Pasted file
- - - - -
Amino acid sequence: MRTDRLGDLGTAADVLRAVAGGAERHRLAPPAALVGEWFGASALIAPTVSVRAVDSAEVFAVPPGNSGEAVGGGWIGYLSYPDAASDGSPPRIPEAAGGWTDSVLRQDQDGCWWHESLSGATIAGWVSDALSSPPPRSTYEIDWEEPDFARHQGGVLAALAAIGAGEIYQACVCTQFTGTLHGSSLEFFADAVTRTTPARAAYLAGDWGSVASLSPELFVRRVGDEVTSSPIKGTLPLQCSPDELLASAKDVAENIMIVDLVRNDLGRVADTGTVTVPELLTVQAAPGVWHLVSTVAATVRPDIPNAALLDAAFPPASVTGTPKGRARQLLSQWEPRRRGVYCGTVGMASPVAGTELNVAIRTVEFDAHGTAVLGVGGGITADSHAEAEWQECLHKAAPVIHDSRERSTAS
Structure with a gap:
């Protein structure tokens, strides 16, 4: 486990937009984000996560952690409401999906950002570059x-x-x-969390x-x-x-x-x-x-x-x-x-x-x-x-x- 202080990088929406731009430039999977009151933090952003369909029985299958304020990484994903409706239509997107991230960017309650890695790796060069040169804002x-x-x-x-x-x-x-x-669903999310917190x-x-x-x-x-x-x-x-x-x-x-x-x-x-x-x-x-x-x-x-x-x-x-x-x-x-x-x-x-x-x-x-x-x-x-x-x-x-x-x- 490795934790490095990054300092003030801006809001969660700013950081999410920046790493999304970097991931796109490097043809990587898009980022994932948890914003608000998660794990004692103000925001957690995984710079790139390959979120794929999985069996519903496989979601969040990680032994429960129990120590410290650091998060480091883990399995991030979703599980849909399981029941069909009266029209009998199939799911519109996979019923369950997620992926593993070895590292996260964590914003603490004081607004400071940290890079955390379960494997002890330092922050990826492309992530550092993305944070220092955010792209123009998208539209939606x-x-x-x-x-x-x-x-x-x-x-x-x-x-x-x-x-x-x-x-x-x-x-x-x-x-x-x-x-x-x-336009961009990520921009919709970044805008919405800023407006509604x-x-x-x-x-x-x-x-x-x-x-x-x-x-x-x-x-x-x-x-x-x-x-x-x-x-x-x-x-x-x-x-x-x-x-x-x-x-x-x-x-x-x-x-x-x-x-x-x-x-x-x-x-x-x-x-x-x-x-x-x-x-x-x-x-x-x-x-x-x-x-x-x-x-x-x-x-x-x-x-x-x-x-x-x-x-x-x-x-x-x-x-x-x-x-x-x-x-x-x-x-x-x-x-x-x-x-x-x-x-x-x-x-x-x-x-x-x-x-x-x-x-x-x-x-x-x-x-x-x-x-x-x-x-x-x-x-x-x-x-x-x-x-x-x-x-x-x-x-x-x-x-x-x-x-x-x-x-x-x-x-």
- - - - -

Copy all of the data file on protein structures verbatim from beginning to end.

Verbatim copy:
Amino acid sequence: MRTDRLGDLGTAADVLRAVAGGAERHRLAPPAALVGEWFGASALIAPTVSVRAVDSAEVFAVPPGNSGEAVGGGWIGYLSYPDAASDGSPPRIPEAAGGWTDSVLRQDQDGCWWHESLSGATIAGWVSDALSSPPPRSTYEIDWEEPDFARHQGGVLAALAAIGAGEIYQACVCTQFTGTLHGSSLEFFADAVTRTTPARAAYLAGDWGSVASLSPELFVRRVGDEVTSSPIKGTLPLQCSPDELLASAKDVAENIMIVDLVRNDLGRVADTGTVTVPELLTVQAAPGVWHLVSTVAATVRPDIPNAALLDAAFPPASVTGTPKGRARQLLSQWEPRRRGVYCGTVGMASPVAGTELNVAIRTVEFDAHGTAVLGVGGGITADSHAEAEWQECLHKAAPVIHDSRERSTAS
Structure with a gap:
């Protein structure tokens, strides 16, 4: 486990937009984000996560952690409401999906950002570059x-x-x-969390x-x-x-x-x-x-x-x-x-x-x-x-x- 202080990088929406731009430039999977009151933090952003369909029985299958304020990484994903409706239509997107991230960017309650890695790796060069040169804002x-x-x-x-x-x-x-x-669903999310917190x-x-x-x-x-x-x-x-x-x-x-x-x-x-x-x-x-x-x-x-x-x-x-x-x-x-x-x-x-x-x-x-x-x-x-x-x-x-x-x- 490795934790490095990054300092003030801006809001969660700013950081999410920046790493999304970097991931796109490097043809990587898009980022994932948890914003608000998660794990004692103000925001957690995984710079790139390959979120794929999985069996519903496989979601969040990680032994429960129990120590410290650091998060480091883990399995991030979703599980849909399981029941069909009266029209009998199939799911519109996979019923369950997620992926593993070895590292996260964590914003603490004081607004400071940290890079955390379960494997002890330092922050990826492309992530550092993305944070220092955010792209123009998208539209939606x-x-x-x-x-x-x-x-x-x-x-x-x-x-x-x-x-x-x-x-x-x-x-x-x-x-x-x-x-x-x-336009961009990520921009919709970044805008919405800023407006509604x-x-x-x-x-x-x-x-x-x-x-x-x-x-x-x-x-x-x-x-x-x-x-x-x-x-x-x-x-x-x-x-x-x-x-x-x-x-x-x-x-x-x-x-x-x-x-x-x-x-x-x-x-x-x-x-x-x-x-x-x-x-x-x-x-x-x-x-x-x-x-x-x-x-x-x-x-x-x-x-x-x-x-x-x-x-x-x-x-x-x-x-x-x-x-x-x-x-x-x-x-x-x-x-x-x-x-x-x-x-x-x-x-x-x-x-x-x-x-x-x-x-x-x-x-x-x-x-x-x-x-x-x-x-x-x-x-x-x-x-x-x-x-x-x-x-x-x-x-x-x-x-x-x-x-x-x-x-x-x-x-």